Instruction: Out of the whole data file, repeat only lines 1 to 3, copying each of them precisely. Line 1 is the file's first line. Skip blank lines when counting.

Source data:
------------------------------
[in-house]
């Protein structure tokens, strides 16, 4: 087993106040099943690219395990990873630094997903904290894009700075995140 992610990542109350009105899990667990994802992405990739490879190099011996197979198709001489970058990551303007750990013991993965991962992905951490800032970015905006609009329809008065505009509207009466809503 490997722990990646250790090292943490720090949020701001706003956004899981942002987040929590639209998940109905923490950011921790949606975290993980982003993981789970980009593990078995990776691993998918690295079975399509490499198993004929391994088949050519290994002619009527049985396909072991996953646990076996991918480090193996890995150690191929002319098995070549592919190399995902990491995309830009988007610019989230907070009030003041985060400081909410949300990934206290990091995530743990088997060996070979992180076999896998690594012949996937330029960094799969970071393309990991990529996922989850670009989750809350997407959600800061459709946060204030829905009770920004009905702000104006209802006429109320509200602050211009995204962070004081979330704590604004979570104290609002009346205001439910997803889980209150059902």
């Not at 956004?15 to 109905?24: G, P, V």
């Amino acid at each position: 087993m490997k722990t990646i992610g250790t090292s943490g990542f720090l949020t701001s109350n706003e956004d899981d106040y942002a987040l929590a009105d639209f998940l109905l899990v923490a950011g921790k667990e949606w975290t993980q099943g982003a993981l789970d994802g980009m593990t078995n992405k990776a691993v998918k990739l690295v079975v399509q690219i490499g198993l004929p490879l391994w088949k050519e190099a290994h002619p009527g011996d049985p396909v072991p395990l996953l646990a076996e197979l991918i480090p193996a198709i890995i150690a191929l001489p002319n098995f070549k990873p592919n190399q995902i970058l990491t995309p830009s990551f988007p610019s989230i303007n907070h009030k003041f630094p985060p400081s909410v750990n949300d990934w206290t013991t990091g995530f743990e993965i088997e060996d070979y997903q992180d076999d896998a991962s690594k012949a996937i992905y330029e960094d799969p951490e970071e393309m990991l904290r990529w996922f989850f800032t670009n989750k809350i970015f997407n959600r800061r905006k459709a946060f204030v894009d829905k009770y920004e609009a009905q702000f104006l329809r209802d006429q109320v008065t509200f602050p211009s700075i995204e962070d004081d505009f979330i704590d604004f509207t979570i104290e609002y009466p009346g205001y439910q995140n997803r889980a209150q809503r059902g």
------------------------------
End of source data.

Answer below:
[in-house]
């Protein structure tokens, strides 16, 4: 087993106040099943690219395990990873630094997903904290894009700075995140 992610990542109350009105899990667990994802992405990739490879190099011996197979198709001489970058990551303007750990013991993965991962992905951490800032970015905006609009329809008065505009509207009466809503 490997722990990646250790090292943490720090949020701001706003956004899981942002987040929590639209998940109905923490950011921790949606975290993980982003993981789970980009593990078995990776691993998918690295079975399509490499198993004929391994088949050519290994002619009527049985396909072991996953646990076996991918480090193996890995150690191929002319098995070549592919190399995902990491995309830009988007610019989230907070009030003041985060400081909410949300990934206290990091995530743990088997060996070979992180076999896998690594012949996937330029960094799969970071393309990991990529996922989850670009989750809350997407959600800061459709946060204030829905009770920004009905702000104006209802006429109320509200602050211009995204962070004081979330704590604004979570104290609002009346205001439910997803889980209150059902």
């Not at 956004?15 to 109905?24: G, P, V």